So with all these benefits, why don’t more companies successfully build Brand portfolios? Well there are 3 main reasons in my experience: 1. It takes significant investment of both money, resources and focus, which not every company is willing to apply. 2. It is very difficult, and for every new Brand which is significantly successful, at least five or ten more fall by the wayside. 3. Short term P&L focus – some companies (rightly) focus on driving sales and profitability, but rather than over layering a Brand building approach they just think short term and fail to maximise long term value.

Those companies who focus only on the short term tend to exhibit an over reliance on licensing and/or transient technology, neither of which act to effectively lay down solid, dependable, long term foundations for their business. Technology can provide a short term boost to sales and a competitive advantage, but even patented technology has it’s limitations in terms of true protectability. Licensing is a powerful and normally essential part of a Toy company’s product approach. However, once a company enters the licensing ‘treadmill’ it tends to rely on a significant proportion of it’s revenue coming from hot licenses, and retailers also rely on the company to supply less licensed merchandise. When the company has a weaker year for licenses, revenue falls as do retail listings on other non licensed products.

For the sake of perspective, we must be clear that the most successful Toy companies exploit the opportunities offered by licensing and technology, albeit prudently. The critical point though, is that few Toy companies enjoy long term stable success without their own Brand portfolios. If we look at the major corporate companies such as Hasbro, Mattel and Lego, they all devote significant resources to licensed products and technology driven products, however, they also deploy significant resources to nurture and grow their own Brands often utilising technology and licensing in the process! In other words, for them the end is not solely the sales revenue, they are ALSO heavily focused on building their own intellectual property.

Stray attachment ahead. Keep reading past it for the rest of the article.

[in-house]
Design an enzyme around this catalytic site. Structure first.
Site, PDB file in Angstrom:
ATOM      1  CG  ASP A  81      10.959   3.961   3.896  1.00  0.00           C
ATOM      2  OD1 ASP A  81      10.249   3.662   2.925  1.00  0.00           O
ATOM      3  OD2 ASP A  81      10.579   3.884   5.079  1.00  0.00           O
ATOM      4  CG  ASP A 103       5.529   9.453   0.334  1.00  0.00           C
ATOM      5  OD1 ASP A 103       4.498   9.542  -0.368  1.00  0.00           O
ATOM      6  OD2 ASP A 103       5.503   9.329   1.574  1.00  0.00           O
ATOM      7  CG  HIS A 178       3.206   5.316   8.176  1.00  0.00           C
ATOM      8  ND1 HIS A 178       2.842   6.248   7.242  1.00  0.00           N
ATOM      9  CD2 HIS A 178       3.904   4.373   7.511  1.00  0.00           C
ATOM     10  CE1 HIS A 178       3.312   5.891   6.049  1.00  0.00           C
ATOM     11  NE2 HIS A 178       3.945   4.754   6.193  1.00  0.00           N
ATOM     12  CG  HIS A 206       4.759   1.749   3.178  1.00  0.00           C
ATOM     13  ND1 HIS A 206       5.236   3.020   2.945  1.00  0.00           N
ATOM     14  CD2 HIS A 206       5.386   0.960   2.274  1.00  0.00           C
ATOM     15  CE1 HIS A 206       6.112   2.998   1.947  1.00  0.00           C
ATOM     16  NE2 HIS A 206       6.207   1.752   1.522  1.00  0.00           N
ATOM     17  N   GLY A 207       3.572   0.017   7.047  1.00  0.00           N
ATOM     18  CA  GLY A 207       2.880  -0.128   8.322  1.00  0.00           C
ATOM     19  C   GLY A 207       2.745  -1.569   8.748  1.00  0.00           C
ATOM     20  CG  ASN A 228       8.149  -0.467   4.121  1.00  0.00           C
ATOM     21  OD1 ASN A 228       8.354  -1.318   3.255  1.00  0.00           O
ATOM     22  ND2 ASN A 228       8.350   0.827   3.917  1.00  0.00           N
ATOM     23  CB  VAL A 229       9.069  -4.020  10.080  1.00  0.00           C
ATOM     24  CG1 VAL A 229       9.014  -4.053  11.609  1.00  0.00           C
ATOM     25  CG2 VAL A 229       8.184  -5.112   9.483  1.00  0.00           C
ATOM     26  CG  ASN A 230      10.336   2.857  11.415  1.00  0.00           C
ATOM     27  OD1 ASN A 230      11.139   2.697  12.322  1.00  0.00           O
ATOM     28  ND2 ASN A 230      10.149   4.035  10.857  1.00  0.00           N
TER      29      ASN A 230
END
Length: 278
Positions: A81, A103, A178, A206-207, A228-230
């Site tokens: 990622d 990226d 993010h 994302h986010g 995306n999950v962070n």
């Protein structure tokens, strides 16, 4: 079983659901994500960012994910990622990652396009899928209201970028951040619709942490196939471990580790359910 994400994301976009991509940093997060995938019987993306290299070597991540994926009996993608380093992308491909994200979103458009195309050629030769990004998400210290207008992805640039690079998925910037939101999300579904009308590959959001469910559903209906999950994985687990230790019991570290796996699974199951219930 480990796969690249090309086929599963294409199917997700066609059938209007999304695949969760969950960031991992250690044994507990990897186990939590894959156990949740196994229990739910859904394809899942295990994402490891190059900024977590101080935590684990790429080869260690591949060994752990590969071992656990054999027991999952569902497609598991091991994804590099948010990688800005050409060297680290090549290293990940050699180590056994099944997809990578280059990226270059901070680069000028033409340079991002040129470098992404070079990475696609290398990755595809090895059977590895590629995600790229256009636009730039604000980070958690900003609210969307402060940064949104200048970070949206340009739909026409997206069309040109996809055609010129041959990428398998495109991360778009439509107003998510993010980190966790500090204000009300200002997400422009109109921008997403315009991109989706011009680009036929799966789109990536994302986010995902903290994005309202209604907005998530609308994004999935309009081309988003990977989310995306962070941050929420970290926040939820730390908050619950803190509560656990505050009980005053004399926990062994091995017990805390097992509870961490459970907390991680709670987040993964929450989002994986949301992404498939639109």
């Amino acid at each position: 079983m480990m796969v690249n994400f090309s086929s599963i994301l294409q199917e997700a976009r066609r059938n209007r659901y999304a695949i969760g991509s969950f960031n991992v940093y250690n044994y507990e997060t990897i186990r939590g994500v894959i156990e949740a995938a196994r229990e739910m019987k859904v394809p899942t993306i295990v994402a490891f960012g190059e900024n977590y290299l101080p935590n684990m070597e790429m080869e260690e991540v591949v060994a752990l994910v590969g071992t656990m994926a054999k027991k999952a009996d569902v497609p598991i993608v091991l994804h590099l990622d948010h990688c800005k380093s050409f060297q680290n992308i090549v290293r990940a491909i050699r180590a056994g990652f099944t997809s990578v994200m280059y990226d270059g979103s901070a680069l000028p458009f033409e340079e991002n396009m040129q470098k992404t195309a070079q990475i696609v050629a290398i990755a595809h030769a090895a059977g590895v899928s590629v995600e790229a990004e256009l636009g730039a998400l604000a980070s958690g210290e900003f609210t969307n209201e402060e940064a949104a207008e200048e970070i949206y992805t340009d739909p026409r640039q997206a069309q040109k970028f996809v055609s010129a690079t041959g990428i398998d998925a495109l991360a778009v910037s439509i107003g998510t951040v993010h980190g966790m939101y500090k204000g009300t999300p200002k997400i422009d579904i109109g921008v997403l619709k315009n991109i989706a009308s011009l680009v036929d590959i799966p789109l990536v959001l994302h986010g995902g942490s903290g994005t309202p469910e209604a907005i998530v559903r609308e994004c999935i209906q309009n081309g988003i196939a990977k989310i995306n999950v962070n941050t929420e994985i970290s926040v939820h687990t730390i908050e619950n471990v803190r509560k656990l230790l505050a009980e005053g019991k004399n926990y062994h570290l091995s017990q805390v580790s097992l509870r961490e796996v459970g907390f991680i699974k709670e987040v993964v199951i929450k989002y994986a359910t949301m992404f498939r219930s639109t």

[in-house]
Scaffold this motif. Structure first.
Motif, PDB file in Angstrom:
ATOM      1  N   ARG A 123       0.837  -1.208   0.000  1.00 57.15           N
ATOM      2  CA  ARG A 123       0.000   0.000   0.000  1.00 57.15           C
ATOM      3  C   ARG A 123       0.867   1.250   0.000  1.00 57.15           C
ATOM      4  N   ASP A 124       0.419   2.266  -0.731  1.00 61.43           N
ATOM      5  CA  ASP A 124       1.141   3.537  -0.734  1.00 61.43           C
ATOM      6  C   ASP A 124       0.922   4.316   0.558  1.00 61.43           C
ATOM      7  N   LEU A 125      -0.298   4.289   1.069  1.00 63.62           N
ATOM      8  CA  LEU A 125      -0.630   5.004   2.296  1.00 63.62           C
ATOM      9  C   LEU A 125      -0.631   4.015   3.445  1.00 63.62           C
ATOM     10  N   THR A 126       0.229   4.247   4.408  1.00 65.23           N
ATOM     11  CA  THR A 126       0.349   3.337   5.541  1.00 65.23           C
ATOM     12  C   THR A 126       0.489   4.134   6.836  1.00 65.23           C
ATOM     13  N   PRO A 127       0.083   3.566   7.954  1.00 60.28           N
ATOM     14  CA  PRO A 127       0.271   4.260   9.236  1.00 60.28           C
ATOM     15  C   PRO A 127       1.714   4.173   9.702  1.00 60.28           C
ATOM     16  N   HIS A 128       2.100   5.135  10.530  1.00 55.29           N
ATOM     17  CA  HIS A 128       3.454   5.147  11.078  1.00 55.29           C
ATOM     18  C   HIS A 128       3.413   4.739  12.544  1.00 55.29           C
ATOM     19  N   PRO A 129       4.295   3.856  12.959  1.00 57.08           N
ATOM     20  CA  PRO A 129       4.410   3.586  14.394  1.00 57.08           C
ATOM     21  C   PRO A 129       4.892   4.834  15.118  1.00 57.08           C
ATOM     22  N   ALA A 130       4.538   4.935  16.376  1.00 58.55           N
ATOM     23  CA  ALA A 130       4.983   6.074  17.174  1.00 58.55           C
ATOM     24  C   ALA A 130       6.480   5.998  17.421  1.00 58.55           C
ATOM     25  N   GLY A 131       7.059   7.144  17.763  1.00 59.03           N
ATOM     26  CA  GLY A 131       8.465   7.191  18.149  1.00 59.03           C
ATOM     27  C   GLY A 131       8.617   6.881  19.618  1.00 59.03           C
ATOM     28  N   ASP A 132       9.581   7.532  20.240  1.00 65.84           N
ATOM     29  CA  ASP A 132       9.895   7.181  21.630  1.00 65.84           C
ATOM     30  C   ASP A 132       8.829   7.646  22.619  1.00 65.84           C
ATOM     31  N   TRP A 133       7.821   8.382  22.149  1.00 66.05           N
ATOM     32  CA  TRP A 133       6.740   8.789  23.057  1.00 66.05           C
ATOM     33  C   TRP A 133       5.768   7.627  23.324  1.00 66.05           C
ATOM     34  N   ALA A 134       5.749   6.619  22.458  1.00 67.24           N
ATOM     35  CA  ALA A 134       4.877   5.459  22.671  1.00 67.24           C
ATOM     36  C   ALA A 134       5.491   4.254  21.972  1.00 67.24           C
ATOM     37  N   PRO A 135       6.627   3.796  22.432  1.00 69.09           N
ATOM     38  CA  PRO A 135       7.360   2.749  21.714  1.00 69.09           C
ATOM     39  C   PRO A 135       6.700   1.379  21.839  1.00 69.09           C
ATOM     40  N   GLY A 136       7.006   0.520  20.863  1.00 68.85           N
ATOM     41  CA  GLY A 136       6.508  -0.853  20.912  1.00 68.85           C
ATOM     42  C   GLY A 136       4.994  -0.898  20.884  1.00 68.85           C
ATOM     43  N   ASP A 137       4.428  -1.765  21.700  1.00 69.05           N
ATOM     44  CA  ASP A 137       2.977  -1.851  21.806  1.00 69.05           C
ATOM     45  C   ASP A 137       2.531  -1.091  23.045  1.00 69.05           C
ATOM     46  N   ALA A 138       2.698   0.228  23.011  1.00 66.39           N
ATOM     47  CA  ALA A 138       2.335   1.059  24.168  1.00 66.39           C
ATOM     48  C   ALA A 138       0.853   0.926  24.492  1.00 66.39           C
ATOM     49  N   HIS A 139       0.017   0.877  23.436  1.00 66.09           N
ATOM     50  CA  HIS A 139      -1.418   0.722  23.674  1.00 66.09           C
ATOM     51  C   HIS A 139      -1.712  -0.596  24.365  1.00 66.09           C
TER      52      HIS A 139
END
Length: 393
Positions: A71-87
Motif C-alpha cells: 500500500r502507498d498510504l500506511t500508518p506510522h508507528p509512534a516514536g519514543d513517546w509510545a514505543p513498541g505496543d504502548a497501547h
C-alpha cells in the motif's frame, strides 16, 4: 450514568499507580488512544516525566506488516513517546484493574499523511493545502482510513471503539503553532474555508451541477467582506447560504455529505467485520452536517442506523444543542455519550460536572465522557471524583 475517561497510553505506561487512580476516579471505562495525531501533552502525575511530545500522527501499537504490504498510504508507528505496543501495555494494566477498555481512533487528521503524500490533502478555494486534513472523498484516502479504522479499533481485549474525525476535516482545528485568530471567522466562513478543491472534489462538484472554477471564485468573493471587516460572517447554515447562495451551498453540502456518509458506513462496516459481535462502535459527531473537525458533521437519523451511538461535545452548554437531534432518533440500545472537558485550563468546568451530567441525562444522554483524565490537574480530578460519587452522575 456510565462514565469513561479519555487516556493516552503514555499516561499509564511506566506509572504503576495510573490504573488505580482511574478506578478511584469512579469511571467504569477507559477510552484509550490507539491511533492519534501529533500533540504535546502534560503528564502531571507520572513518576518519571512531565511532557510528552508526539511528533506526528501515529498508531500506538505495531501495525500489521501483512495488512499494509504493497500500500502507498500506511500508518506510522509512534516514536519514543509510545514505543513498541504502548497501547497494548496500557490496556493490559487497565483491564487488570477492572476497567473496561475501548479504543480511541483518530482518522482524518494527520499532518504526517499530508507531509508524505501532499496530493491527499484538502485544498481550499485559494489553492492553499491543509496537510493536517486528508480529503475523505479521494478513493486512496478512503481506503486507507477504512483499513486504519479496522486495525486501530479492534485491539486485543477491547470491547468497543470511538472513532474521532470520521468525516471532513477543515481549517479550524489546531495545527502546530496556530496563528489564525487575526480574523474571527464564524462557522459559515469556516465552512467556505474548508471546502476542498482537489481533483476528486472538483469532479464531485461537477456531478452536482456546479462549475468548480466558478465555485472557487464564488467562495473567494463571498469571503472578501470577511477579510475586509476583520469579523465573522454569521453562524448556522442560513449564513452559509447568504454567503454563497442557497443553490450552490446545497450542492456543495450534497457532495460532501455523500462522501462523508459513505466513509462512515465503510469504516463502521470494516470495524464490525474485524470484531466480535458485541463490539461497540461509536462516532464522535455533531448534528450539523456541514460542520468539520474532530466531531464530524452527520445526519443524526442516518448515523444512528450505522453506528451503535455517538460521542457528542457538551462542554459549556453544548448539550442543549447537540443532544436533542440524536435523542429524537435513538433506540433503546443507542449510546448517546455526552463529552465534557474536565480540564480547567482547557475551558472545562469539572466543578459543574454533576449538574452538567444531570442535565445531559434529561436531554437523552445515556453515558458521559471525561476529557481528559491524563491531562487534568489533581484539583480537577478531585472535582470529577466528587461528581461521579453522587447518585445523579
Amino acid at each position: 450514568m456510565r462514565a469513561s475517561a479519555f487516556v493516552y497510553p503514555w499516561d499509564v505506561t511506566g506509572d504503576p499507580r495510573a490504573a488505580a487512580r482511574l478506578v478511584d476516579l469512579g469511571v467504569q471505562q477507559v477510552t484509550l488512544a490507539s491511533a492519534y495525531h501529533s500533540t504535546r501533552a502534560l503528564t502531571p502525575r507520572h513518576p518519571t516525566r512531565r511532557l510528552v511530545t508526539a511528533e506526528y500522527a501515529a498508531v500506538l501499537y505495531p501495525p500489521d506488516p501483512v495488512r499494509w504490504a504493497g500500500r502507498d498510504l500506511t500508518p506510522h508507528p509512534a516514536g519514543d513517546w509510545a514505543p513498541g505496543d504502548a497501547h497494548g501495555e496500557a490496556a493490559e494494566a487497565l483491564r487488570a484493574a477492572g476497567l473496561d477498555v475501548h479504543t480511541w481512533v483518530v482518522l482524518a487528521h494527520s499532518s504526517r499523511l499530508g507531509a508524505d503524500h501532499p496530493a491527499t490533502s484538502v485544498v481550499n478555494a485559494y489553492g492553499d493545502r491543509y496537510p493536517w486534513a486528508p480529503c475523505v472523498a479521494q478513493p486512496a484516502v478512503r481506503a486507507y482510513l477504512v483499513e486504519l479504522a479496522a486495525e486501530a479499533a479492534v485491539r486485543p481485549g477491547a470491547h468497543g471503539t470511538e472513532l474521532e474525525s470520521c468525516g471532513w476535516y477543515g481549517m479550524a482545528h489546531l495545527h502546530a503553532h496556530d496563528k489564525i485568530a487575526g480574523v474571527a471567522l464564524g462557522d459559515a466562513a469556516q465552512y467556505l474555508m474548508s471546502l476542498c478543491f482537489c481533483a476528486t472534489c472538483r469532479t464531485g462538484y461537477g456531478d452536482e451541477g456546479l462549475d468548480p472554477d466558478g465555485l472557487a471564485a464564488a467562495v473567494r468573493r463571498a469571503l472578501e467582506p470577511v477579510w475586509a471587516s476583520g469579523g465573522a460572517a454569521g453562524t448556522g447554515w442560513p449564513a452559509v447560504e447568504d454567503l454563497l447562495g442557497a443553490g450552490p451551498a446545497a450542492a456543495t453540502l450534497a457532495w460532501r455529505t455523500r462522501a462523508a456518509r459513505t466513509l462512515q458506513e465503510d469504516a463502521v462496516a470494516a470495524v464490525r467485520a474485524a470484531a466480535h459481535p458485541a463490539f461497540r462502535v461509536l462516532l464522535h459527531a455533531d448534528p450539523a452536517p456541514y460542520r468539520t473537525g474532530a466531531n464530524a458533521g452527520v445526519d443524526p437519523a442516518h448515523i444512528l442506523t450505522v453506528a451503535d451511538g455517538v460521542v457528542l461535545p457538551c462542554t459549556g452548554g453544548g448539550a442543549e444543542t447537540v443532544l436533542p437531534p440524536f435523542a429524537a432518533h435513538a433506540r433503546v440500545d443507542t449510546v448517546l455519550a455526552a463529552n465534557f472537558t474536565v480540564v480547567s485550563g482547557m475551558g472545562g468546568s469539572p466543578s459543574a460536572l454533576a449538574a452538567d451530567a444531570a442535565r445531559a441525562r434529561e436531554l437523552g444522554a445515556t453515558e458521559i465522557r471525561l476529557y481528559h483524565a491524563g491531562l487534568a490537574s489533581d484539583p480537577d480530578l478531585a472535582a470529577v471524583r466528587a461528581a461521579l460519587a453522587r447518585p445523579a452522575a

So now we have established the need to Brand build, how can a company actually do it? That’s the difficulty, it isn’t easy, and it’s not possible to provide a full answer in a short article, however, here is one powerful solution which I have seen work magnificently: Focus and resources – one of the most powerful actions independent companies can take is to adopt a Brand management approach, which in practise means turning ‘Marketing’ people into ‘Brand’ people, and necessitates a message of Brand evangelism throughout the company and beyond. This one suggestion can have the greatest effect. If you give a talented marketing person the title of ‘Brand Manager’, then effectively you conjoin the success of the Brand with the success of their career. That individual will move mountains to ensure success, to persuade sales people and retailers to support your Brands and also be more likely to deliver winning consumer communications. For sure there is much more to building new Brands than that, but that is a very effective first step!

We run a Consultancy business helping toy & games companies get ahead. For more information, check out

We also run a Strategic Sourcing Consultancy advising toy & game companies around the world on their Sourcing strategies, reviewing their vendor base & suggesting improvements. To date our Sourcing services have saved our clients $tens of millions. For more information on how we can help, just go to: